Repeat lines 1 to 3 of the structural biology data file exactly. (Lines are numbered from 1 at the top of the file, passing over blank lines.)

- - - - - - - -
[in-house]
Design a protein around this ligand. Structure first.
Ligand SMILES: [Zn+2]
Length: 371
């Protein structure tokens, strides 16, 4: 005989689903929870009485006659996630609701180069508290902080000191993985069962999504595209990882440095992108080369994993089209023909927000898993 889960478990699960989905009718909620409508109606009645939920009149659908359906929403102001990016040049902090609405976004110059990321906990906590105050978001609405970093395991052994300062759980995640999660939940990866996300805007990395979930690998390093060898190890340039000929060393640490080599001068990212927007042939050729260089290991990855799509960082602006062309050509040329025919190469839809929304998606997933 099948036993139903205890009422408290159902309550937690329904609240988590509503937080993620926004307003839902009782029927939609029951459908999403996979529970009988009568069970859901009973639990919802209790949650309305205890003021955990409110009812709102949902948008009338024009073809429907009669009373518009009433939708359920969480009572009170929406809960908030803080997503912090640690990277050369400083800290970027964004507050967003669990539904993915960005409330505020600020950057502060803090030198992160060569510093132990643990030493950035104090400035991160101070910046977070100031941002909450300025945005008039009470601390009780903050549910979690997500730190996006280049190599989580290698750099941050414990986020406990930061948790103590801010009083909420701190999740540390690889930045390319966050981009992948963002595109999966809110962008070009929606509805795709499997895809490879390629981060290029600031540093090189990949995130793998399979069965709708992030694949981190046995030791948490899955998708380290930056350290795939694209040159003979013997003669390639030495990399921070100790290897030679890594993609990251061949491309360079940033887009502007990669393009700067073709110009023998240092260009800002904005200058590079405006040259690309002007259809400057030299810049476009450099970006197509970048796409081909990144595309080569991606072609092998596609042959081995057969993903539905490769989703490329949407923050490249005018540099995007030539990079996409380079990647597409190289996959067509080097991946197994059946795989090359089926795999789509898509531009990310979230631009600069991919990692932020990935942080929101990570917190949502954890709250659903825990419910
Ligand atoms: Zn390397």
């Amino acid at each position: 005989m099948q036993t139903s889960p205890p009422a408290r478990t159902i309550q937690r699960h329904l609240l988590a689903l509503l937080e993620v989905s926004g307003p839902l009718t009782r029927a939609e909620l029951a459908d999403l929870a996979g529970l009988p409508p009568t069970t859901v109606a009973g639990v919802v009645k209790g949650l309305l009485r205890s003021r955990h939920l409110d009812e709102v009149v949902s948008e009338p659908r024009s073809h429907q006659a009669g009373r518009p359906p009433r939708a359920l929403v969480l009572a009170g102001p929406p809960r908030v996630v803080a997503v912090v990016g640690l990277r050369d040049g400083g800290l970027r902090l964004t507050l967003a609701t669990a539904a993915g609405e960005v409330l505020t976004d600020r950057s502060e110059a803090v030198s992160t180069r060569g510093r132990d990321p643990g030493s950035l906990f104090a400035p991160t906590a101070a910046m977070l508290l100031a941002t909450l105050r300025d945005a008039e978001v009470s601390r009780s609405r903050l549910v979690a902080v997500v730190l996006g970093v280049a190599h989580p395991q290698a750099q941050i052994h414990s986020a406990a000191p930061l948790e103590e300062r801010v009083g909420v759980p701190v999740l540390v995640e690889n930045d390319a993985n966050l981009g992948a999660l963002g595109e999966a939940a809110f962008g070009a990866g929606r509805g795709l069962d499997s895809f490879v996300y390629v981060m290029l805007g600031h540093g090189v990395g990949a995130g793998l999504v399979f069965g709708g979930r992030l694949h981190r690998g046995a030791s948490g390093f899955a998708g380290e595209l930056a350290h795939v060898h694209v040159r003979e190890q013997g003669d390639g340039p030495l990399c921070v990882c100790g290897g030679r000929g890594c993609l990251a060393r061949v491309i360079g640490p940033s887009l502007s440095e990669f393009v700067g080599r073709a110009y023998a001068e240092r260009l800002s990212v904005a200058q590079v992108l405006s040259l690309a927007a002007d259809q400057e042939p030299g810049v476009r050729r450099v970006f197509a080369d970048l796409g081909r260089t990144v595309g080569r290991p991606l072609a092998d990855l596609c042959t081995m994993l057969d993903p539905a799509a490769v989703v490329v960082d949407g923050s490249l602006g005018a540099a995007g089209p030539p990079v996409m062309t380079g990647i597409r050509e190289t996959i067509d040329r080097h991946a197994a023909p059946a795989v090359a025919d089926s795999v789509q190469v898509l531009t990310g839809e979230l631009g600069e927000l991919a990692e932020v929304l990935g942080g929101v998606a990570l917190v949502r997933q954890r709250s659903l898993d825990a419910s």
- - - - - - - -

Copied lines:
[in-house]
Design a protein around this ligand. Structure first.
Ligand SMILES: [Zn+2]